Vermont and New Hampshire decisions are up next after gay marriage victories in Iowa and Sweden.
The Iowa Supreme Court struck down a same-sex marriage ban today, making Iowa the third state where same-sex marriage is legal. The Atlantic reported, "Iowa's Supreme Court ruled that the state cannot prohibit same-sex couples from seeking marriage licenses."
Across the pond, the Swedish Parliament voted that as of May 1, same-sex marriages will be granted there as well. The law was passed by 226 votes to 22, according to BBC News.
"The decision means that gender no longer has an impact on the ability to marry and that the law on registered partnership is repealed," the Swedish government said on their official website.
These victories are crucial to the future rulings in Vermont and New Hampshire where legislation sits on the table awaiting final approval.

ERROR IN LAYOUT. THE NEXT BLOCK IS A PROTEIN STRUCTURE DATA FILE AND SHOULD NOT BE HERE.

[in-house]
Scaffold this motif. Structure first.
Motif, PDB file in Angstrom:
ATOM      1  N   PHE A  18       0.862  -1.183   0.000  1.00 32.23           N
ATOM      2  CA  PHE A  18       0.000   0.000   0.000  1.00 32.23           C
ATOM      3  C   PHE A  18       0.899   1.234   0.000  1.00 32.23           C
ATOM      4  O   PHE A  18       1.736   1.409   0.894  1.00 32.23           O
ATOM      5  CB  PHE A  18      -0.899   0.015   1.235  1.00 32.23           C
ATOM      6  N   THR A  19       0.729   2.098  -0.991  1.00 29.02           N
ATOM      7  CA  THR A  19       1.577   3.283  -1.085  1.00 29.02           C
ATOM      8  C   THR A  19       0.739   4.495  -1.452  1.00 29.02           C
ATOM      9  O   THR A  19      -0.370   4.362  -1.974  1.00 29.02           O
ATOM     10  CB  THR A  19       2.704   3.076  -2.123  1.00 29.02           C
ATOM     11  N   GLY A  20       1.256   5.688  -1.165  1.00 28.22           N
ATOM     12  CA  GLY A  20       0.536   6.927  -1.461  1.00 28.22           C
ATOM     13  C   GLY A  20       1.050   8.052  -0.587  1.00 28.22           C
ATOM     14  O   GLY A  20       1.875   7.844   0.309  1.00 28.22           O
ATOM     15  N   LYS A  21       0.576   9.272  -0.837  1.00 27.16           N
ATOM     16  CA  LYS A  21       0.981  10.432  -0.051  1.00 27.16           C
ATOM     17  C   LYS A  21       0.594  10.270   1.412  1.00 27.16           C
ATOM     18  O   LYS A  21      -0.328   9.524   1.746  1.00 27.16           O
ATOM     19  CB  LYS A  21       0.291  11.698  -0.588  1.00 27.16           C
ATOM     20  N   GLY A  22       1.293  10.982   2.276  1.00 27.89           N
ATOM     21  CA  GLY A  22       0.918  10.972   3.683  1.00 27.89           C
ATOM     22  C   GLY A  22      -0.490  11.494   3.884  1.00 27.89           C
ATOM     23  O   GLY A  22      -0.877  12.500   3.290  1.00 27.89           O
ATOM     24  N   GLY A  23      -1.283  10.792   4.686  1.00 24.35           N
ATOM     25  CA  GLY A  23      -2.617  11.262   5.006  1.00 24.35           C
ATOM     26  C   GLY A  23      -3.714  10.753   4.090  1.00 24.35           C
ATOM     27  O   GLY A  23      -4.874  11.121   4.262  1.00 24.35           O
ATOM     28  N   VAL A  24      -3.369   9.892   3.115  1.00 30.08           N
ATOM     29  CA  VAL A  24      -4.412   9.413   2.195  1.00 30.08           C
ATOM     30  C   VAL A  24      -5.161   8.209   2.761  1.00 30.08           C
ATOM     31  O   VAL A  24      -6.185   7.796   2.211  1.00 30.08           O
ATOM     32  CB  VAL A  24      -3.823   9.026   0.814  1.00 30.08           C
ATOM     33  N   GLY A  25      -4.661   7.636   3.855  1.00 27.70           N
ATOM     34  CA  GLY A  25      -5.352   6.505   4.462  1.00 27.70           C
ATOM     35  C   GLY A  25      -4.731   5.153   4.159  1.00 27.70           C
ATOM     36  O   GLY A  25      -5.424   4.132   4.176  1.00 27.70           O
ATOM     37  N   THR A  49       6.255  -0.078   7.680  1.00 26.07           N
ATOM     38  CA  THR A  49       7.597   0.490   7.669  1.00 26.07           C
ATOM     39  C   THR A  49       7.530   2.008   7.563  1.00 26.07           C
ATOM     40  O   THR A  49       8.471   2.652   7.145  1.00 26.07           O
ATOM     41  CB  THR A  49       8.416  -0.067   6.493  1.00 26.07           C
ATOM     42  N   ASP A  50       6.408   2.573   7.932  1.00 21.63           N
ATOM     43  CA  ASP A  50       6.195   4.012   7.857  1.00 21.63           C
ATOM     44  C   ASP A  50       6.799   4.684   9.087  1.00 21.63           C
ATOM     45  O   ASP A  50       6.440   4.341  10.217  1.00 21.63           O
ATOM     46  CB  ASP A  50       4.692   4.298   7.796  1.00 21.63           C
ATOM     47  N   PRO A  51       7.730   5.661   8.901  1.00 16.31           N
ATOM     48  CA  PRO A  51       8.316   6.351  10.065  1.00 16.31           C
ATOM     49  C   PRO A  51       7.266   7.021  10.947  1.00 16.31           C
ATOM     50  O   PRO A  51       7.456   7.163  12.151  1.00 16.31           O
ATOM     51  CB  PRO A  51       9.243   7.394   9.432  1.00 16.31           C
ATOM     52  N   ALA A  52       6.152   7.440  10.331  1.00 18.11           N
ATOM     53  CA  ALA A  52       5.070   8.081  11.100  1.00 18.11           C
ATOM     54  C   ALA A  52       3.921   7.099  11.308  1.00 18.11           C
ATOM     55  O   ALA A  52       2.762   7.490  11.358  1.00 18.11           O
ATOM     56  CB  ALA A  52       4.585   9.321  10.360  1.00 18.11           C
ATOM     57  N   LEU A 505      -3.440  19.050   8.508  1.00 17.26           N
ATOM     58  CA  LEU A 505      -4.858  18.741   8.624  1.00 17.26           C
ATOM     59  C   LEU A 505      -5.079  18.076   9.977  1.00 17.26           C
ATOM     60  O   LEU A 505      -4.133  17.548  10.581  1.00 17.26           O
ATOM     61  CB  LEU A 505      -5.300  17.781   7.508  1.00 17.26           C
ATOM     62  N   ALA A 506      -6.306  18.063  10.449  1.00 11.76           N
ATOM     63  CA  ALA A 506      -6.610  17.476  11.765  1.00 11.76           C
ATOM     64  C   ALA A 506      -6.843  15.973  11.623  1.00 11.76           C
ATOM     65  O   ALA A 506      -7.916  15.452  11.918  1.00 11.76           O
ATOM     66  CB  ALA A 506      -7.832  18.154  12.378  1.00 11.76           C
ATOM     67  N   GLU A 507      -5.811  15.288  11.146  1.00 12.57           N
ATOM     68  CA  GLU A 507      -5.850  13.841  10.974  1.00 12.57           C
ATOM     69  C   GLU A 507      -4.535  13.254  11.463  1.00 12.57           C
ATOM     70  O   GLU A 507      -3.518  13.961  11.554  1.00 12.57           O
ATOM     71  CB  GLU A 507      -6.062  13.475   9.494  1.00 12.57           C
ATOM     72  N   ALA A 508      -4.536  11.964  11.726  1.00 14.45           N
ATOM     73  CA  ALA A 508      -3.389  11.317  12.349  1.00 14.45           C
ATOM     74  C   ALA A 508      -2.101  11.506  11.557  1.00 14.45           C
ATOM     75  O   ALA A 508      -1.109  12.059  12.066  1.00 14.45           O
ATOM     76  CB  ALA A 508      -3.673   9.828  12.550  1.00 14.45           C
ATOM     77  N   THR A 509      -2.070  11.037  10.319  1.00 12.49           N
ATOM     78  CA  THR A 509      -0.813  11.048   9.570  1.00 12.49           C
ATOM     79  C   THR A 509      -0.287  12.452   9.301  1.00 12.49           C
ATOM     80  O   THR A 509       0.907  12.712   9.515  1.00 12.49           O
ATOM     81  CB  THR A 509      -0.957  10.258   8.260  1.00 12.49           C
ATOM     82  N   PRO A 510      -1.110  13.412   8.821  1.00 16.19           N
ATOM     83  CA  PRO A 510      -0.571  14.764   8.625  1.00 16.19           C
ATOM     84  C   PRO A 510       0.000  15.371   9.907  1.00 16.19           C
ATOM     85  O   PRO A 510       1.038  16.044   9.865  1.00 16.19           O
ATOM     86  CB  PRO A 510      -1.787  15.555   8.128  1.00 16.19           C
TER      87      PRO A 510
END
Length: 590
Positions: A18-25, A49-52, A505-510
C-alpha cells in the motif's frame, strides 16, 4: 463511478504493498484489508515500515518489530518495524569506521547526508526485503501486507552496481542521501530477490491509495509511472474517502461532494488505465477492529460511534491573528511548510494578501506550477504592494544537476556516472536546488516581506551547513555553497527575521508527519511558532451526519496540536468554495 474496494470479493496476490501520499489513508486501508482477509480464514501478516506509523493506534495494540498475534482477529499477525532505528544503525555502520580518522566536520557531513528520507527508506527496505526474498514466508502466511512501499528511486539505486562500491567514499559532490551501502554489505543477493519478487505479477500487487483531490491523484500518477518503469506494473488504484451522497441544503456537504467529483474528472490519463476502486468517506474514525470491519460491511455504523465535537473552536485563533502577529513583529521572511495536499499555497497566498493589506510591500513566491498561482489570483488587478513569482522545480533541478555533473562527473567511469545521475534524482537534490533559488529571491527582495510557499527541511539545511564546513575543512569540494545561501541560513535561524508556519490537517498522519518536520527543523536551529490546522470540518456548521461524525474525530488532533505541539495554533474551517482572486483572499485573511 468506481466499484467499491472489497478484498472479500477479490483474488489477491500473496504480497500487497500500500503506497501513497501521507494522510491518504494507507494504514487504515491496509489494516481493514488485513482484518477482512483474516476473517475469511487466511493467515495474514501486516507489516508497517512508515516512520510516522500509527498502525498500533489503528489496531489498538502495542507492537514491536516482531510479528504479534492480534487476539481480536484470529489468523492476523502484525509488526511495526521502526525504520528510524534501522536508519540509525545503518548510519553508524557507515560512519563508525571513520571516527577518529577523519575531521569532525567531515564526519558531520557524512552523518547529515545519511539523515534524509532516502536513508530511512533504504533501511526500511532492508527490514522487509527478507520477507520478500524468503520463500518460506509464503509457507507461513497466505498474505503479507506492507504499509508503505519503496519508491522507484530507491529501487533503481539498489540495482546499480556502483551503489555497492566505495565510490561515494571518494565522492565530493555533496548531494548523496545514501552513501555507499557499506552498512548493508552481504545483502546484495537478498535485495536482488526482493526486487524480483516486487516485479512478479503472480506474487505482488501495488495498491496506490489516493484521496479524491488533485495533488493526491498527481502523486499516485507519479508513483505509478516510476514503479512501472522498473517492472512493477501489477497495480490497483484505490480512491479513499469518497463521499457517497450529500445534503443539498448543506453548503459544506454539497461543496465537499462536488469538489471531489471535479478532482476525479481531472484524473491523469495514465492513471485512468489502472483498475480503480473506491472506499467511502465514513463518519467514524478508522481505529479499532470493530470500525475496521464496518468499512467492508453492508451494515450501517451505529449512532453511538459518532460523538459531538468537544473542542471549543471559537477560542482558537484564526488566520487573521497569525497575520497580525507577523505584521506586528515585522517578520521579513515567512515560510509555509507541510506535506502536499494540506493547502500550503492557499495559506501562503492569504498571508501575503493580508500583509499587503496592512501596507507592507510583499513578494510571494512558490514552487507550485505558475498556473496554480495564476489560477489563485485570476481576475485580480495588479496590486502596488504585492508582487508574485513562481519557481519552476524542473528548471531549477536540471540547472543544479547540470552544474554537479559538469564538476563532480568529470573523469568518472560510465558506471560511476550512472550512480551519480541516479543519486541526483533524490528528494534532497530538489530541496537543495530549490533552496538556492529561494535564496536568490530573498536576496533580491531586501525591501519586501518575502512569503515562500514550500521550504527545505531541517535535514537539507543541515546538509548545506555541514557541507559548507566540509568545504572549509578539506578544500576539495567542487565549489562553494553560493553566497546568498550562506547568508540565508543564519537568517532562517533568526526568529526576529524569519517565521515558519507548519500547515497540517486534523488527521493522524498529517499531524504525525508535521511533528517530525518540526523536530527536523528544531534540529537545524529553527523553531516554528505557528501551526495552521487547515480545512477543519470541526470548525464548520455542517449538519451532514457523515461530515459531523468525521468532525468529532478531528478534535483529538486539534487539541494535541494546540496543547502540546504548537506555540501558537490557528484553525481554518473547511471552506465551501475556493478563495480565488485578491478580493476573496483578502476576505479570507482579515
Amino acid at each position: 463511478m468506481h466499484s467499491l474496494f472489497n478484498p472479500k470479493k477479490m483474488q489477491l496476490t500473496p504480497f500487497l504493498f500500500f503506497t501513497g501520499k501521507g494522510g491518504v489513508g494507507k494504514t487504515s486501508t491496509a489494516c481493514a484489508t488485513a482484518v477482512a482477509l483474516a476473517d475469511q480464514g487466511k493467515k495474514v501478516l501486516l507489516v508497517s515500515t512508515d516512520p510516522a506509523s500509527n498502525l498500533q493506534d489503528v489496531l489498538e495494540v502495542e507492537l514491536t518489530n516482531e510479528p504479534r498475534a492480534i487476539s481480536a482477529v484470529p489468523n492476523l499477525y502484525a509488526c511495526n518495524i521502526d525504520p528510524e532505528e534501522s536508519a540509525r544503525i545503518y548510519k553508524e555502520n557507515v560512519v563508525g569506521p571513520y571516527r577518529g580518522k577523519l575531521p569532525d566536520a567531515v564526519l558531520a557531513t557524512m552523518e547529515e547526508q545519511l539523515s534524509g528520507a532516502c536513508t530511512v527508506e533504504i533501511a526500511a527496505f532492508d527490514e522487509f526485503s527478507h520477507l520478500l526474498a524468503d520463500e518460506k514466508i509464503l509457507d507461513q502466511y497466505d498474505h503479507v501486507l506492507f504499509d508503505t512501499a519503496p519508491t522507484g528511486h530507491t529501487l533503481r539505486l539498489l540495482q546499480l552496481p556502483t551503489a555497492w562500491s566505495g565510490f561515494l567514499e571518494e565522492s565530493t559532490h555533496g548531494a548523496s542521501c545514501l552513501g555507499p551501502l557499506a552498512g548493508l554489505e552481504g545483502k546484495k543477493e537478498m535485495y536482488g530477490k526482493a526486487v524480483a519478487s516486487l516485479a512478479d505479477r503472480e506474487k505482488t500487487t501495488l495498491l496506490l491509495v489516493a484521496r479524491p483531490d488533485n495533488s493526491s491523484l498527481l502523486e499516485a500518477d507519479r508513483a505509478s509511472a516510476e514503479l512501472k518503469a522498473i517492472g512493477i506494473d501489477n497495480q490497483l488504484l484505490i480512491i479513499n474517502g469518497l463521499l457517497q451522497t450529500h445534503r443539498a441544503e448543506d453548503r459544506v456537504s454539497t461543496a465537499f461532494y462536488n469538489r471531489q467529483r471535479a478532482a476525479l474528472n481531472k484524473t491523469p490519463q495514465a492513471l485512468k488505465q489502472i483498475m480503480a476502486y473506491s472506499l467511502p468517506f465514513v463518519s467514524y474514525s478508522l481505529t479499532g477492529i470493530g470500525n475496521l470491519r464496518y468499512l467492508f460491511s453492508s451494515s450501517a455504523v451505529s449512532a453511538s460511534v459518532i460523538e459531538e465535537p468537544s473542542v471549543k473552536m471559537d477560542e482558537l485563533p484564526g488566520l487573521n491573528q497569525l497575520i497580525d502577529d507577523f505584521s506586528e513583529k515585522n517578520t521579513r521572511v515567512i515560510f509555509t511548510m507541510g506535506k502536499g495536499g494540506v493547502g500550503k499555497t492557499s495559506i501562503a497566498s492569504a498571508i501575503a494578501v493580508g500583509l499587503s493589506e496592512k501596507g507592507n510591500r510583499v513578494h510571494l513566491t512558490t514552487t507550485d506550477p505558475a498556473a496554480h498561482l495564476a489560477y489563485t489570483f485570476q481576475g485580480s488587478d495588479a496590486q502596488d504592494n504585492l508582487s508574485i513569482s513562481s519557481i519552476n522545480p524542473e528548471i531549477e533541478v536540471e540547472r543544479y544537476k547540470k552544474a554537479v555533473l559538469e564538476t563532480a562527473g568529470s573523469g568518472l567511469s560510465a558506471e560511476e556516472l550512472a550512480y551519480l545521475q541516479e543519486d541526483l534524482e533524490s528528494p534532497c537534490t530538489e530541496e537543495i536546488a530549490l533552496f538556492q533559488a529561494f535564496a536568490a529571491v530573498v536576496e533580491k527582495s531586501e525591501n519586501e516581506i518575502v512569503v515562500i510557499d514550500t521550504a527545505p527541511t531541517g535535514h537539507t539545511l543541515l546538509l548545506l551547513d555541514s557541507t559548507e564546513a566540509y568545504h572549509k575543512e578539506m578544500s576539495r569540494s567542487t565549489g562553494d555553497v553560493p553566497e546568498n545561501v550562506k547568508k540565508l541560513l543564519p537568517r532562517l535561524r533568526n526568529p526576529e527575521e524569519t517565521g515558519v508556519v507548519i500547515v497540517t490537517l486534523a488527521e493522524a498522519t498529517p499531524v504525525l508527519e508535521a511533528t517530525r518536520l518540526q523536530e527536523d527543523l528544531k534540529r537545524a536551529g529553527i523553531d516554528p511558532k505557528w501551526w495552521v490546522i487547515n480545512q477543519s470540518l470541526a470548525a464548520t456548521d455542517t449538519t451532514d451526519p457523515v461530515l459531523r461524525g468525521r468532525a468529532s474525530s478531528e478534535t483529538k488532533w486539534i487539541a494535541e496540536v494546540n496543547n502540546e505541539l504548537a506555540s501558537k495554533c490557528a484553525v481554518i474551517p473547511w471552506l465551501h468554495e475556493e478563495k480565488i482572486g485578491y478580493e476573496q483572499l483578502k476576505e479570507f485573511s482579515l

Although Vermont took steps towards legalizing same-sex marriage, a veto looms overhead. Despite passing a 95-to-52 vote by The Vermont House yesterday, Governor Jim Douglas, a Republican, has threatened to veto. According to CNN, the Governor’s veto could be overridden by a two-thirds vote. That override vote could take place as soon as Tuesday.
In March, a bill allowing same-sex marriage in New Hampshire was moved to the Senate after getting passed in the House. "It actually took two votes for the bill to pass," reports said. "The first time it failed by one vote, before nine representatives changed their vote the second time." Although New Hampshire Governor John Lynch opposes gay marriage, he has not promised a veto.
Although New Jersey has not joined nearby states Connecticut and Massachusetts in legalizing same-sex marriage (civil unions are legal in New Jersey), one local man demanded equal rights for Garden State gays and lesbians by standing up to eHarmony and challenging them to expand their services to accommodate same-sex singles. As a result of his lawsuit, the company, which has about 14 million registered users, has launched Compatible Partners.
According to The Star-Ledger,"the state agency ruled that Eric McKinley, who filed the suit, will receive $5,000 and free membership in the gay dating service for a year. eHarmony must also pay the state Attorney General's Office $50,000 for its troubles."